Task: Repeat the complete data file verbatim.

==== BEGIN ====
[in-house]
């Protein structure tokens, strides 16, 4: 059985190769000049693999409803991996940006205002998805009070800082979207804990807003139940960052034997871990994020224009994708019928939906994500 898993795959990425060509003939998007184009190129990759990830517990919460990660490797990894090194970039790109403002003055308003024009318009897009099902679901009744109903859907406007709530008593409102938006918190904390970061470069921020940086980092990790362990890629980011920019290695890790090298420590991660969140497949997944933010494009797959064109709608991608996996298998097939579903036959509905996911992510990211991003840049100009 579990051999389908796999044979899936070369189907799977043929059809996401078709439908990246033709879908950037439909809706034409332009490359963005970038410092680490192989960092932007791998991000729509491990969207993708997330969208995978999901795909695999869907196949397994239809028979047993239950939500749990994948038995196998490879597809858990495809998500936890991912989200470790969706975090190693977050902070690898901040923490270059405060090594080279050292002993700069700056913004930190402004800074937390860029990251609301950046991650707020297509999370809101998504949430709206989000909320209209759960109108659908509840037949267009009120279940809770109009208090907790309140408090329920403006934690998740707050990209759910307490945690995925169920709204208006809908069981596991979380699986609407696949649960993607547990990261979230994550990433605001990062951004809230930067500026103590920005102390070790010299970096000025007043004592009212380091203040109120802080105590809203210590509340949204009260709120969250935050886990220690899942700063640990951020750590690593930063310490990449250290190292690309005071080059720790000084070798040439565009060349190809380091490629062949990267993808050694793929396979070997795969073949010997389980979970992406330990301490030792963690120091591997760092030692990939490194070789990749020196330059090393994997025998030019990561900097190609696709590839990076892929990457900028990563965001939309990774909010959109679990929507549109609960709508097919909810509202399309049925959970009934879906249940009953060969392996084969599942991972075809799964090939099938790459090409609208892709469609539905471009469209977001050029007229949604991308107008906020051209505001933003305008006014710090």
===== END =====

[in-house]
């Protein structure tokens, strides 16, 4: 059985190769000049693999409803991996940006205002998805009070800082979207804990807003139940960052034997871990994020224009994708019928939906994500 898993795959990425060509003939998007184009190129990759990830517990919460990660490797990894090194970039790109403002003055308003024009318009897009099902679901009744109903859907406007709530008593409102938006918190904390970061470069921020940086980092990790362990890629980011920019290695890790090298420590991660969140497949997944933010494009797959064109709608991608996996298998097939579903036959509905996911992510990211991003840049100009 579990051999389908796999044979899936070369189907799977043929059809996401078709439908990246033709879908950037439909809706034409332009490359963005970038410092680490192989960092932007791998991000729509491990969207993708997330969208995978999901795909695999869907196949397994239809028979047993239950939500749990994948038995196998490879597809858990495809998500936890991912989200470790969706975090190693977050902070690898901040923490270059405060090594080279050292002993700069700056913004930190402004800074937390860029990251609301950046991650707020297509999370809101998504949430709206989000909320209209759960109108659908509840037949267009009120279940809770109009208090907790309140408090329920403006934690998740707050990209759910307490945690995925169920709204208006809908069981596991979380699986609407696949649960993607547990990261979230994550990433605001990062951004809230930067500026103590920005102390070790010299970096000025007043004592009212380091203040109120802080105590809203210590509340949204009260709120969250935050886990220690899942700063640990951020750590690593930063310490990449250290190292690309005071080059720790000084070798040439565009060349190809380091490629062949990267993808050694793929396979070997795969073949010997389980979970992406330990301490030792963690120091591997760092030692990939490194070789990749020196330059090393994997025998030019990561900097190609696709590839990076892929990457900028990563965001939309990774909010959109679990929507549109609960709508097919909810509202399309049925959970009934879906249940009953060969392996084969599942991972075809799964090939099938790459090409609208892709469609539905471009469209977001050029007229949604991308107008906020051209505001933003305008006014710090």